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Avoid Acquisition Fee In Car Lease

Don’t let the fact that you’re leasing a car instead of buying it, make you let your guard down because when someone promises something that seems too good to be true, it usually is. Keep in mind that leasing is still a contract that binds you to the company, so you cannot afford to be any less careful when you’re about to sign the dotted line.

Make sure you fully comprehend the method in which they have calculated your lease payments, the lease term, and other expenses that compose your lease agreement. Here are some of the biggest money drainers you need to be aware of when leasing a car.

The mileage rip-off is one of the most popular amongst dealerships. The dealers offer you low monthly payments but that means they set the annual mileage limit to 10.000. So this means that every mile you exceed over 10.000 means an extra 10 cents minimum and 20 cents maximum. Think about it, if you exceed the limit by 3000 miles, when you return the car end of the lease contract, you will have to pay a fee of $1800. This is the equivalent of $50 extra each month.

The early termination nightmare is also a well known wallet emptier. Often a dealer will promise you the moon and the stars to get you into a leasing contract. One of their soap bubble promises is the possibility of getting out of the lease early. And they indeed know that, but you will pay dearly for it. There are stupendous fees that come with breaking the contract early. You might have to pay the whole value between what you’ve paid and the car’s used market value, thus the dealership making sure that they get their money back one way or another.

Another factor that needs close attention is the car’s residual value. That is what the car will be worth at the end of the lease when it can be considered used car. For example a 30.000 dollars car in three years may depreciate to 18.000 dollars. This means that they calculate the payments so that the dealership covers the loss to depreciation and use. Ideally a dealer would calculate your payments according to the used car value given by the KBB or Edmunds, and sometimes they do, but because of all their extra fees, you end up paying a lot more than 12000 dollars given by the difference between the car’s new value and it’s residual one.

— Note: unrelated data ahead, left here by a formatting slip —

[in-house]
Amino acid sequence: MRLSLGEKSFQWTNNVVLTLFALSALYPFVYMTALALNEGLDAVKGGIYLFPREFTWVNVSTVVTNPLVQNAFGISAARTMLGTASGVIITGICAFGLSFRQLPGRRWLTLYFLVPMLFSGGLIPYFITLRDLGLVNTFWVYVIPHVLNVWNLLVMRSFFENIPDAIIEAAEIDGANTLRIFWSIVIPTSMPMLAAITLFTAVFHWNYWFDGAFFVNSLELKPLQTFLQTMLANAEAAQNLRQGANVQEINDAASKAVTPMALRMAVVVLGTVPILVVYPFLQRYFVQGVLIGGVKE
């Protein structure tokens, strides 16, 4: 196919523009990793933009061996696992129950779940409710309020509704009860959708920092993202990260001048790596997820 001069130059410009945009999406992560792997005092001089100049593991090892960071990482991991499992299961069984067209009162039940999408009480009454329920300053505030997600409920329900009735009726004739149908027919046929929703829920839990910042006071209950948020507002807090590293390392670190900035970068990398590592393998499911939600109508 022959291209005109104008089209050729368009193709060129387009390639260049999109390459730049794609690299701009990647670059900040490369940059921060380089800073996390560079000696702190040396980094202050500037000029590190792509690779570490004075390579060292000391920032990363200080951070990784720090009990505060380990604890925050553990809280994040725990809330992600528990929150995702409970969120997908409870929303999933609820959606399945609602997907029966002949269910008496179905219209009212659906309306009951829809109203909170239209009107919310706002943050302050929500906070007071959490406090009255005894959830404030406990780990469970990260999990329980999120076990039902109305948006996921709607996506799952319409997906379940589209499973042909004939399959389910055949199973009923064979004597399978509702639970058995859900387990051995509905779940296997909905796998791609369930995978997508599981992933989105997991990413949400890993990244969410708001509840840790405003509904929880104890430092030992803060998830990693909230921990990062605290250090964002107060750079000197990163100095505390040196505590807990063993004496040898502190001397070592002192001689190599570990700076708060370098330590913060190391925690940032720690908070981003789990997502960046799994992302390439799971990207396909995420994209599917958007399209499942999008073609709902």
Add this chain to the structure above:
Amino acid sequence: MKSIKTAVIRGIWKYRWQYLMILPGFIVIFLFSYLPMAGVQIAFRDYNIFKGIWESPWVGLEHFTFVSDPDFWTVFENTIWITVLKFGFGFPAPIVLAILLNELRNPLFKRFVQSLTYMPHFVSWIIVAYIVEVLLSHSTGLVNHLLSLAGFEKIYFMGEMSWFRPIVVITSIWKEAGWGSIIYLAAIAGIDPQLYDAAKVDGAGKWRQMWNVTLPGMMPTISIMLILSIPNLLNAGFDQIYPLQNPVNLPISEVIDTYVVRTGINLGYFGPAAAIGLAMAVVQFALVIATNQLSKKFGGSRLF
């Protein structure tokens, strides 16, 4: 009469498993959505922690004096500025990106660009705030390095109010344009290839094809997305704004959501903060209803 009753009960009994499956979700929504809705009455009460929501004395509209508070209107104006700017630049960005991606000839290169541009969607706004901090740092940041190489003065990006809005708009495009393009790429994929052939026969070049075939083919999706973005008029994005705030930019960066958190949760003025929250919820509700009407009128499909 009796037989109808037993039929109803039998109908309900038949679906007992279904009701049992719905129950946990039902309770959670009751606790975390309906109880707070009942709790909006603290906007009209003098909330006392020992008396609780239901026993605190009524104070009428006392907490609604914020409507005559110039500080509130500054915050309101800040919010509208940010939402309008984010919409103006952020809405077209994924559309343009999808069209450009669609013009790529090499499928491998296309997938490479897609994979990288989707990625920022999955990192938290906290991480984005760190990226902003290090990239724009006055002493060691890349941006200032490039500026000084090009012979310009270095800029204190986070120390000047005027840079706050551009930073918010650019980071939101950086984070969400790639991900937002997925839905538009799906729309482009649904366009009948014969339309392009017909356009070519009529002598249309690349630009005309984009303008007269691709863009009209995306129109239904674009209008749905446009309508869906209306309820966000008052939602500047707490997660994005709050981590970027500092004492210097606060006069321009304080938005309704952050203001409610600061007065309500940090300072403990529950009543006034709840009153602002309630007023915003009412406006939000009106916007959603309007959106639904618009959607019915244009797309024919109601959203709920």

The purchase price ploy is one of the most successful of all dealer hoodwinks. They tend to compare the price of leasing a car with the price of purchasing a car. Keep in mind that there is a big difference between the two. When you finalize all the payments the car is YOURS, as when you end the lease, you simply have to take it back. Or pay extra to purchase it for its residual value.

Be extra careful when you hear the dealer say the car’s price doesn’t matter. It actually does because that is a main component in determining your monthly payments. Picture this for example: you want to lease a car that has a purchase price of $24.000 let’s say that you make the contract for three years so the car will be worth $12.000. If you divide 12000 by 36 represented by the number of months you would end up with a monthly payment of approximately 333 dollars. Yet if you negotiate with the dealer and obtain a starting price of 22.000 dollars you’d pay only 278 dollars.

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